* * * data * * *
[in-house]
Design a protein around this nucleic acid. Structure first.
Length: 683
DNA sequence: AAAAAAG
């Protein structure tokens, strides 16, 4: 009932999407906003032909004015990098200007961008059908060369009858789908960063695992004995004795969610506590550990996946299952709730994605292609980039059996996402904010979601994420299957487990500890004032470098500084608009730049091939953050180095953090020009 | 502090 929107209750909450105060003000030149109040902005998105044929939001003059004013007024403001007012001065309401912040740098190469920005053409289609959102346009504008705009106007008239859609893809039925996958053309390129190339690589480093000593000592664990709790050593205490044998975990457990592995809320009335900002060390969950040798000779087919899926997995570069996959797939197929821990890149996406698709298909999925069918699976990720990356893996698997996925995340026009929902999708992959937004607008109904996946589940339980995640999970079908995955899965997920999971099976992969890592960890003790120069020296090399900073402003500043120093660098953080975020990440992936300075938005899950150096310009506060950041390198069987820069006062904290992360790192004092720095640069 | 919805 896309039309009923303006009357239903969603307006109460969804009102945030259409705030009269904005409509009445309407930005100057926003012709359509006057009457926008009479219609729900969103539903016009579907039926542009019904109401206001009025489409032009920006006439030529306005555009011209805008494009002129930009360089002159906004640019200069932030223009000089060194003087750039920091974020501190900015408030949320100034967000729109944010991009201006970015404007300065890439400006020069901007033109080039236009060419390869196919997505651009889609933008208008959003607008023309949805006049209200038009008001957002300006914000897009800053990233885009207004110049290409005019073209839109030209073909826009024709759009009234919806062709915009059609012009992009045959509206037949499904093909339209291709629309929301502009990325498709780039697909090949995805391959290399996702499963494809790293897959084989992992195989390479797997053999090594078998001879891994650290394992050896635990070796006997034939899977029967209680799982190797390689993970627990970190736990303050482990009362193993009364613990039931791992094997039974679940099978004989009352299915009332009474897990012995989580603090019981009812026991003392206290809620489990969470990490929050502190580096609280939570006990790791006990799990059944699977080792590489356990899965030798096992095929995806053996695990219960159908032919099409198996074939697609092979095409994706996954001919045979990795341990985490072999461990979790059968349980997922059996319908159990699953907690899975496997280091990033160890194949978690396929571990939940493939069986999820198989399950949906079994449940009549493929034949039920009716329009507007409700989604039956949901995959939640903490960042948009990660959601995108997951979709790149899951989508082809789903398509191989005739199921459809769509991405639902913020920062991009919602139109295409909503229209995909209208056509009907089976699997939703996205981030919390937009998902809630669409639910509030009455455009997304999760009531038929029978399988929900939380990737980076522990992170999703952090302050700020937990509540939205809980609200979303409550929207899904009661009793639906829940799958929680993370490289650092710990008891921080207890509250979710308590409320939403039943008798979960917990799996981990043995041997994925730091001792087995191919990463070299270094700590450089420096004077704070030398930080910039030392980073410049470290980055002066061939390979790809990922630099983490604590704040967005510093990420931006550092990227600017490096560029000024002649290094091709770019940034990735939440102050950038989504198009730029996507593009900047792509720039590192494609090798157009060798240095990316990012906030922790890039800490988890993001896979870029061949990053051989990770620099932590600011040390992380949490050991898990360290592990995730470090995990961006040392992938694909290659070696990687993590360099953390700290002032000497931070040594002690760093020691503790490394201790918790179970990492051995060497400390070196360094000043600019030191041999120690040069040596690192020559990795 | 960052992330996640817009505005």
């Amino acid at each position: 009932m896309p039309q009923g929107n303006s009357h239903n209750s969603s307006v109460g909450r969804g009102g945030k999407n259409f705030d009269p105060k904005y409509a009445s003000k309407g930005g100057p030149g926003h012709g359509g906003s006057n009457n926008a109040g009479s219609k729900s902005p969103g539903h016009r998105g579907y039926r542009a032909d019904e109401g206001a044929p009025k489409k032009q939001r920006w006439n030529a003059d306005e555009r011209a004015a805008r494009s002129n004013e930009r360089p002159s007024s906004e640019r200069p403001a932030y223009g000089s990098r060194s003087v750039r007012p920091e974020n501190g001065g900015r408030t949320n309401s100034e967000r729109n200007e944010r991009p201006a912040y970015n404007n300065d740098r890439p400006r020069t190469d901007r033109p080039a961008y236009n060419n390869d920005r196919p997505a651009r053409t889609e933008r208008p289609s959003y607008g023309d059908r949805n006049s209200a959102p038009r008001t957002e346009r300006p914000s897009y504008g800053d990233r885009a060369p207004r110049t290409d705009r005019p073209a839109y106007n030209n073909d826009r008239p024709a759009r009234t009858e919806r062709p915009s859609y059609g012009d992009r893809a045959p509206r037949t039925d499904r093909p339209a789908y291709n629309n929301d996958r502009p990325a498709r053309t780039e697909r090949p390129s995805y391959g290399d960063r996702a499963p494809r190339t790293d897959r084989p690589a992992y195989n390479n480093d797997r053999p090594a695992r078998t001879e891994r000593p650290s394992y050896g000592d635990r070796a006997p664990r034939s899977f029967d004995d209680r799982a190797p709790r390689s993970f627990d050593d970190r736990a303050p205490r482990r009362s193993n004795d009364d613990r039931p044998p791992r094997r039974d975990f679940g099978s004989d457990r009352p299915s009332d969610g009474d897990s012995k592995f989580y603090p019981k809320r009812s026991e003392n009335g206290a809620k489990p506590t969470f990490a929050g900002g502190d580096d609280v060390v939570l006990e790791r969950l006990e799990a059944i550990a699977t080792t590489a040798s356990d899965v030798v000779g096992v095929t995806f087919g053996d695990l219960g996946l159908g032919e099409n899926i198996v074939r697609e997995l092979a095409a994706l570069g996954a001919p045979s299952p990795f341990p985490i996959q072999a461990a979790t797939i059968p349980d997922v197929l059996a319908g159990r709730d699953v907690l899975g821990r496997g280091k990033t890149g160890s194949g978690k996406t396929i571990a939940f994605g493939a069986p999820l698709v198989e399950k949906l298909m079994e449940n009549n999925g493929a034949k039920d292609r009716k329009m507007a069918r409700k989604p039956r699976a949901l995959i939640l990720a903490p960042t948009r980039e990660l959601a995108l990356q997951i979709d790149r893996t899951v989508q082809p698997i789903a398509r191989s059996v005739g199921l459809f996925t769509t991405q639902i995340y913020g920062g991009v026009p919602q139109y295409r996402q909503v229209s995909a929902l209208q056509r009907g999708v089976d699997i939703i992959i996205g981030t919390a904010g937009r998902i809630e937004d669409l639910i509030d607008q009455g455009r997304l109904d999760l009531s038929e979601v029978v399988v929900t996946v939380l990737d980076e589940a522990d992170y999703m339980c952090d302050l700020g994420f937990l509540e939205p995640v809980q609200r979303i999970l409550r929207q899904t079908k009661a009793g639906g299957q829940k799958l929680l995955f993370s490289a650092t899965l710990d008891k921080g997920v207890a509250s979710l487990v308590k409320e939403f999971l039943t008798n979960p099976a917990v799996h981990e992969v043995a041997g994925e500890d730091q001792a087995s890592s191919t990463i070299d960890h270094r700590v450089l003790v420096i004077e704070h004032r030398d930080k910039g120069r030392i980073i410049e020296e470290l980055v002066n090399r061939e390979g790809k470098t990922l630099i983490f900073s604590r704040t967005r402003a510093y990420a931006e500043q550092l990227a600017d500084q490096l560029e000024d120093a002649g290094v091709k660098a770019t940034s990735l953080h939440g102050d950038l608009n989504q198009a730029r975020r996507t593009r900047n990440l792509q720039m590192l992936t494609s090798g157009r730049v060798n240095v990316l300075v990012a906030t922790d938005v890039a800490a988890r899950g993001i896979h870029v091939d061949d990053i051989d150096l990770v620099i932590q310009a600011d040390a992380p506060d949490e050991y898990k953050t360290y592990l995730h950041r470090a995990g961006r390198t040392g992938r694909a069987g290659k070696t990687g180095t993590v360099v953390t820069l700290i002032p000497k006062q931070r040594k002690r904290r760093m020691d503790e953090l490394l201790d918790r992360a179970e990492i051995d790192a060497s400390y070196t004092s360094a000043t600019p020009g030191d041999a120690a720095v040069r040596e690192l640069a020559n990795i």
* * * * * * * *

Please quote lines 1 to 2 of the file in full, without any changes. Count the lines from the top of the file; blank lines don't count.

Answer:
[in-house]
Design a protein around this nucleic acid. Structure first.